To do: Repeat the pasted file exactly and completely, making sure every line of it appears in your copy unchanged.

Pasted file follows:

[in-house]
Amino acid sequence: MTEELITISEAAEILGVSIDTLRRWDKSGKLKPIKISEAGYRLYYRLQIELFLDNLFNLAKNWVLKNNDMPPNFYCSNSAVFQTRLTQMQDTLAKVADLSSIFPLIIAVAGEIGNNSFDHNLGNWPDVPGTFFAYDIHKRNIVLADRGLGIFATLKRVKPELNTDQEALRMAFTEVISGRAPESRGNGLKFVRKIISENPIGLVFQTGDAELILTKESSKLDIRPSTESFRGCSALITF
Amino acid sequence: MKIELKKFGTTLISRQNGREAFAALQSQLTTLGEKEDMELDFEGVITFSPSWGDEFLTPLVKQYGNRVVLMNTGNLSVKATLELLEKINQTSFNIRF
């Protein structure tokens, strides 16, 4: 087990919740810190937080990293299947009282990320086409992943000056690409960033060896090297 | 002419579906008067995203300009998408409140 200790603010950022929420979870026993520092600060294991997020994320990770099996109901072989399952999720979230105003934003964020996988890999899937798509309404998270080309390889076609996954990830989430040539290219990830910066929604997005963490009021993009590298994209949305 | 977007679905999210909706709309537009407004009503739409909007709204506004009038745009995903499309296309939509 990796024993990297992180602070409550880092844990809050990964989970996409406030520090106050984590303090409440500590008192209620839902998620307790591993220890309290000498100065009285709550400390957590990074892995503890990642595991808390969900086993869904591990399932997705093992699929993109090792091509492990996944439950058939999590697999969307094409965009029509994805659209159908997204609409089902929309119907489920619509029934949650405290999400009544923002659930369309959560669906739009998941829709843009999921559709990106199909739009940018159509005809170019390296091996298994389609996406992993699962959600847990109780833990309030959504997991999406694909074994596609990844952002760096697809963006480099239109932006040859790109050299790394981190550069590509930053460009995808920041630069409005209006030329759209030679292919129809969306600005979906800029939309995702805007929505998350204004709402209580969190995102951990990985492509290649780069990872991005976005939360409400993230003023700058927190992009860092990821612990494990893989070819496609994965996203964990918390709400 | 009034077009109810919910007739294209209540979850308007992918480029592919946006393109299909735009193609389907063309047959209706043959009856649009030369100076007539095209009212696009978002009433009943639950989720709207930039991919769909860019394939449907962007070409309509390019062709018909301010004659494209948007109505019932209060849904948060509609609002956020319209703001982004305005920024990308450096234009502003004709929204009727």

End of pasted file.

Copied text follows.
[in-house]
Amino acid sequence: MTEELITISEAAEILGVSIDTLRRWDKSGKLKPIKISEAGYRLYYRLQIELFLDNLFNLAKNWVLKNNDMPPNFYCSNSAVFQTRLTQMQDTLAKVADLSSIFPLIIAVAGEIGNNSFDHNLGNWPDVPGTFFAYDIHKRNIVLADRGLGIFATLKRVKPELNTDQEALRMAFTEVISGRAPESRGNGLKFVRKIISENPIGLVFQTGDAELILTKESSKLDIRPSTESFRGCSALITF
Amino acid sequence: MKIELKKFGTTLISRQNGREAFAALQSQLTTLGEKEDMELDFEGVITFSPSWGDEFLTPLVKQYGNRVVLMNTGNLSVKATLELLEKINQTSFNIRF
């Protein structure tokens, strides 16, 4: 087990919740810190937080990293299947009282990320086409992943000056690409960033060896090297 | 002419579906008067995203300009998408409140 200790603010950022929420979870026993520092600060294991997020994320990770099996109901072989399952999720979230105003934003964020996988890999899937798509309404998270080309390889076609996954990830989430040539290219990830910066929604997005963490009021993009590298994209949305 | 977007679905999210909706709309537009407004009503739409909007709204506004009038745009995903499309296309939509 990796024993990297992180602070409550880092844990809050990964989970996409406030520090106050984590303090409440500590008192209620839902998620307790591993220890309290000498100065009285709550400390957590990074892995503890990642595991808390969900086993869904591990399932997705093992699929993109090792091509492990996944439950058939999590697999969307094409965009029509994805659209159908997204609409089902929309119907489920619509029934949650405290999400009544923002659930369309959560669906739009998941829709843009999921559709990106199909739009940018159509005809170019390296091996298994389609996406992993699962959600847990109780833990309030959504997991999406694909074994596609990844952002760096697809963006480099239109932006040859790109050299790394981190550069590509930053460009995808920041630069409005209006030329759209030679292919129809969306600005979906800029939309995702805007929505998350204004709402209580969190995102951990990985492509290649780069990872991005976005939360409400993230003023700058927190992009860092990821612990494990893989070819496609994965996203964990918390709400 | 009034077009109810919910007739294209209540979850308007992918480029592919946006393109299909735009193609389907063309047959209706043959009856649009030369100076007539095209009212696009978002009433009943639950989720709207930039991919769909860019394939449907962007070409309509390019062709018909301010004659494209948007109505019932209060849904948060509609609002956020319209703001982004305005920024990308450096234009502003004709929204009727």